I hope that others will accept me and join me. I refuse to believe that this is something the US cannot recover from, even if it does get far worse before it gets better. It’s up to all of us not to give up. This is a golden opportunity to restart the fight at the grassroots level, to rethink how we reach out to others and how things got to be this way. Mostly, I hold onto a broader perspective, and I retain my optimism. Hard work and faith have gotten me this far, and I am counting on them–and on you–not to disappoint me going forward.

 

* and how things really are here in the States. Things haven’t actually changed that much – but some of those who could previously be oblivious now can’t do that anymore. Noticing the racist, misogynist, anti-LGBTQ, anti-Muslim, anti-immigrant, … sentiments can be horrifying if you never knew they existed, or you thought they were only held by a fringe minority. Those who despair the most appear to be not those who face these sentiments, but those privileged ones who weren’t aware of them before, and hence whose worlds were shaken up the most.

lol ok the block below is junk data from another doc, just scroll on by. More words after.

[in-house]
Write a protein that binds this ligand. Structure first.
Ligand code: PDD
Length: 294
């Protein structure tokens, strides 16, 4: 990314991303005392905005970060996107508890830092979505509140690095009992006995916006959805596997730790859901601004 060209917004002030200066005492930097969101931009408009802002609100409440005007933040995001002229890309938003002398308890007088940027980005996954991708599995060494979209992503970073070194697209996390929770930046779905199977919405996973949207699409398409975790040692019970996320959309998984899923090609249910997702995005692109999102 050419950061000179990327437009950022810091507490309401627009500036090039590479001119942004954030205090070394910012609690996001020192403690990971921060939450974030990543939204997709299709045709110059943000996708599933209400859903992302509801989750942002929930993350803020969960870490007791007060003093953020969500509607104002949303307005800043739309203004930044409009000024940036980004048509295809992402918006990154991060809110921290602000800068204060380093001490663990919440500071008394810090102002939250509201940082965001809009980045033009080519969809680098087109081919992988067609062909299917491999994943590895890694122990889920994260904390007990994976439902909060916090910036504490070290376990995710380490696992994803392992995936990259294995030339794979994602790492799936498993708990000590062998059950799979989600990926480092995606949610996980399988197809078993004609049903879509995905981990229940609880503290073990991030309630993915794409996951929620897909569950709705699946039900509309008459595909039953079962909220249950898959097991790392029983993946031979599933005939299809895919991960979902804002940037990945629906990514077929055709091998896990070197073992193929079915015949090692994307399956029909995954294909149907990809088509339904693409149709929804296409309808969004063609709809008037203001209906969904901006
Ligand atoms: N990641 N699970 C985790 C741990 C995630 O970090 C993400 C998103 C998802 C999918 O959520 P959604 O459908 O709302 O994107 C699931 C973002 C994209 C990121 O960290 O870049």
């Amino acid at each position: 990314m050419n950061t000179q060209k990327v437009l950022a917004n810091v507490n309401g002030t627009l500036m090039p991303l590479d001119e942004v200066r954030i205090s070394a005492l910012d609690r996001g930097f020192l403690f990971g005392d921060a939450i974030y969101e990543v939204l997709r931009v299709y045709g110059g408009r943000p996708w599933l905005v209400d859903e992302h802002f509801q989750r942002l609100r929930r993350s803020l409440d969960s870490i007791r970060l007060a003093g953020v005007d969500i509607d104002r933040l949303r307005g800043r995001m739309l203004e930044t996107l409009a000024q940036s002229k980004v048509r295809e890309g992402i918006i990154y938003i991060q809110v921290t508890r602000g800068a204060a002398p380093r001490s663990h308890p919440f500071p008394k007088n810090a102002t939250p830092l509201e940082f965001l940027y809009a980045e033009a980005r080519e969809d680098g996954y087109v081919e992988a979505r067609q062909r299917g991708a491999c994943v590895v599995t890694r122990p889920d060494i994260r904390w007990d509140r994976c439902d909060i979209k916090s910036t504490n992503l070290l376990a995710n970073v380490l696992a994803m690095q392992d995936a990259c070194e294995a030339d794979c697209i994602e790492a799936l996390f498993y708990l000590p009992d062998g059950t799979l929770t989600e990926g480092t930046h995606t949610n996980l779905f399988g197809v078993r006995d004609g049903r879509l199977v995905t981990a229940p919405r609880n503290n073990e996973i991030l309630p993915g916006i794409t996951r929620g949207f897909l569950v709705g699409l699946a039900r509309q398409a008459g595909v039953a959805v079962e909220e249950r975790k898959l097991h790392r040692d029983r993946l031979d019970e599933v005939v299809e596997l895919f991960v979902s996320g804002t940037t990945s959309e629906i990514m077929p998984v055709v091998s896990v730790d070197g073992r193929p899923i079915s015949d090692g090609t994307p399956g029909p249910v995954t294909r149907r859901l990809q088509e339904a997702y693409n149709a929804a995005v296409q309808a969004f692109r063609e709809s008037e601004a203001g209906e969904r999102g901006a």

** as evidenced by recent election results in several of these countries.

*** and that I’ll fight with all my heart to stop any such attempts. And that I’ll know to get out in time if I lose the battle. Because I am optimistic, but not naive.

Advertisements

4 thoughts on “I am here, despite it all

  1. We’ll be right there next to you fighting the good fight.
    But, as a third generation US citizen on my father’s side and a son of the American Revolution on my mother’s side, as well as a US Army retiree, I’ll depart the land only when it becomes uninhabitable.